Munshi: We would like to see VCU actually listening to students and faculty members. We’re telling them that it’s not safe. We need to look out for people who are immuno-compromised, people who are disabled and people who may not be able to come on campus. We want the university to go fully online.

S. Ramlogan: Not only do we want them online, we want the classes to be scaled in terms of pricing so they can be considered online classes. 

Robinson: VCU, in general, has to center the voices of those affected and really listen to them and what their needs are. Centering their voices is the first and biggest step. What we saw during our town hall was that so many students, faculty members, workers were just not heard. We saw that with VCU abruptly moving everybody’s stuff out of the Honors College. That relationship of trust is not there right now. We should be repairing that so we can all trust that we’re going to be safe. I just don’t think those conversations have been had yet.

What happened to students’ belongings in the VCU Honors College dorms? 

S. Ramlogan: Technically, there were no students on campus and students still had their possessions in the Honors College dorm building. The Honors College had offered to use the dorm building as a medical facility during this time and hired a contracting company to remove all of the items from the students’ rooms and put them in storage facilities off-site. 

They did not inform students prior to doing this. We found out because a video about it was leaked by a private employee on Twitter. VCU didn’t address it then, but they removed all the items. 

There was no resolution given until we hosted a virtual town hall in which we spoke directly to Dr. Peter Buckley, who is the former dean of VCU Health Services, and he apologized to us. We informed him that it would not be enough to apologize in a virtual town hall Zoom meeting with a limited amount of students.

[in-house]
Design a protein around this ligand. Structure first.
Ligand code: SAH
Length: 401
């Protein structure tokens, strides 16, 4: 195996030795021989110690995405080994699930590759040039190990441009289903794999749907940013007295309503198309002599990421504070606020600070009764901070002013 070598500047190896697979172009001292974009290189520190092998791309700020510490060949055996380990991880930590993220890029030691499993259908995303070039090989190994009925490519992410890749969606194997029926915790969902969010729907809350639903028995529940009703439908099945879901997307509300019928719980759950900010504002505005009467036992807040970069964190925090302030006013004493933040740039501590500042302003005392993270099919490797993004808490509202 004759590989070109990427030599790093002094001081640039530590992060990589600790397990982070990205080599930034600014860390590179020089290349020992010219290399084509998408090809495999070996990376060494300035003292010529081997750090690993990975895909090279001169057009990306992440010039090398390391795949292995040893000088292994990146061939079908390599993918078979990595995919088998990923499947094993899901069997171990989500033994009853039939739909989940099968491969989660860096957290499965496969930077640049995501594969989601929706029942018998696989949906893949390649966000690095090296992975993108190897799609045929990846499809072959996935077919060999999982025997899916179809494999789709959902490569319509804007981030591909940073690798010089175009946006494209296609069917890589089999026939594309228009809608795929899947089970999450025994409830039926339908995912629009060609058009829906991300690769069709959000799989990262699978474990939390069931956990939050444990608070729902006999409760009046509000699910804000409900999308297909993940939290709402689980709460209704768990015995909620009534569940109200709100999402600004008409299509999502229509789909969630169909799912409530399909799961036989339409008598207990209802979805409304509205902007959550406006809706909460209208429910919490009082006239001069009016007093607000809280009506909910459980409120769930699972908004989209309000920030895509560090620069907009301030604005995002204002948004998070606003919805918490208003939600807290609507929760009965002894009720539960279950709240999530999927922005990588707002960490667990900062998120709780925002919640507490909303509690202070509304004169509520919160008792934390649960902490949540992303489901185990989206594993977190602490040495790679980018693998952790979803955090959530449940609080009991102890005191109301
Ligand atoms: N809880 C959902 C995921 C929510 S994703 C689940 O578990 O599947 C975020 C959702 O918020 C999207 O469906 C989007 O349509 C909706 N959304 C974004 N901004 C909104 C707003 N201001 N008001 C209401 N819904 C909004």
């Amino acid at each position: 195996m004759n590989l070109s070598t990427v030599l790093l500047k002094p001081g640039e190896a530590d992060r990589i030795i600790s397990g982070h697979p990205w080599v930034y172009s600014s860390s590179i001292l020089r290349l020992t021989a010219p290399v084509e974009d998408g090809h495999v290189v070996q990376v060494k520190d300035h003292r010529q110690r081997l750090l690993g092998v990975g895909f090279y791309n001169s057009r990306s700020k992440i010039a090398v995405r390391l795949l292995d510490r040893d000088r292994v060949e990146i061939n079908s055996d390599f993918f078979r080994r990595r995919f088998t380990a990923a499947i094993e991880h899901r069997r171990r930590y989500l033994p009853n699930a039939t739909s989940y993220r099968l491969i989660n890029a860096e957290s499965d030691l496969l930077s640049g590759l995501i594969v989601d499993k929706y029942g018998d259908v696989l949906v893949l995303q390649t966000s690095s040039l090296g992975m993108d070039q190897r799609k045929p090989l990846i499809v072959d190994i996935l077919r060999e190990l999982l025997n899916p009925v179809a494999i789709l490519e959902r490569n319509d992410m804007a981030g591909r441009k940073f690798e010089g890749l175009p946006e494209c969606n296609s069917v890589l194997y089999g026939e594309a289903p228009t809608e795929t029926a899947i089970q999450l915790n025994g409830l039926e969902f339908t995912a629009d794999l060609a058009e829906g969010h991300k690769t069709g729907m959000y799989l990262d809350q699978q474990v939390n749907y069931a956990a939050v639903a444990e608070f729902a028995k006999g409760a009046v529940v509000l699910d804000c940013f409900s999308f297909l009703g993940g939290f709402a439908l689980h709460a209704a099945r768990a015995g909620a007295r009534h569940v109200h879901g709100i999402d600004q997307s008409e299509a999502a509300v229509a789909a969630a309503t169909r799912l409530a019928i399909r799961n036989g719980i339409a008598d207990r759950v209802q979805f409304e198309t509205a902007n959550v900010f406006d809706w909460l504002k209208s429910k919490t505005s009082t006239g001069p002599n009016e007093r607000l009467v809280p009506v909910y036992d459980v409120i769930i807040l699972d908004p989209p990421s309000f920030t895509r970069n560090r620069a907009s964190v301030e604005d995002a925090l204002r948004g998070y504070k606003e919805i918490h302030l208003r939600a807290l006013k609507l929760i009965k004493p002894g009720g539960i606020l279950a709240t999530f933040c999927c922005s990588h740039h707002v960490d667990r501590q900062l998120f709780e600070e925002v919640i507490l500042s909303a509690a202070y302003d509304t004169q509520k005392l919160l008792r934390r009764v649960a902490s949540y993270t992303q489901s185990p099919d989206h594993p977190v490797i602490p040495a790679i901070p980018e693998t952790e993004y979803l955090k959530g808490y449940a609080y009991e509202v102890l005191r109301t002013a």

Robinson: Especially in positions of power, people think that they’re owed trust, but time and time again, VCU completely betrays everything they stand for. People didn’t know where their belongings were, who was handling them or what was going on, and some of them had been told that it might be a month or two before they could go to the storage unit. A lot of VCU’s students have work-study positions or are working full-time or part-time jobs. They use their limited income to buy items for their dorms that could be damaged or broken by the university. That’s a problem for a student who is working for all they’ve got. 

S. Ramlogan: Dean Buckley released a statement apologizing, but nothing has been done to remedy the ongoing issues. Students still have to go back to that storage unit to reclaim their stuff and the university won’t pay for damaged or broken items.

Robinson: It’s important for students to be able to have an outlet for their voices to be heard, and that’s why we will continue these town halls. We’re hoping that administration will continue to come to them. 

Munshi: In the early 2000s, when VCU purchased the Honors College dorm building, it was a hospital. There was a report that there were many individuals displaced when that hospital was purchased. It’s not a surprise to us. They displaced students, they displaced community members before. People should not be surprised when they’re seeing VCU taking people’s belongings and displacing them because VCU has displaced many people. 

How can people get involved with the work you’re doing?

Munshi: Due to COVID-19, we had to shift a lot of our organizing really fast, and we did that through doing virtual town halls and having events online. That’s where we disclose a lot of information on what type of help we need and where. That’s how we bring people together.

S. Ramlogan: We’re very active on social media. You can find us @studentpowervcu on Instagram and Twitter. Members can directly engage with us, working with us toward specific objectives. We do a lot of petition work and direct action building, especially lately. We always need more resources, especially at these actions. 
In general, to keep connected with us, just keep informed and up-to-date about what we’re doing. We do a lot in solidarity with other campuses throughout Virginia and nationwide under the umbrella of Virginia Student Power Network.

M. Ramlogan: We are the constituency of our school. Our school makes decisions, but they’re supposed to be positive for us. For so long, our administration hasn’t had Black and brown students, queer students or disabled students on the forefront of issues. Having a space where you can share your truth and be OK with that is really what we’re trying to accomplish here.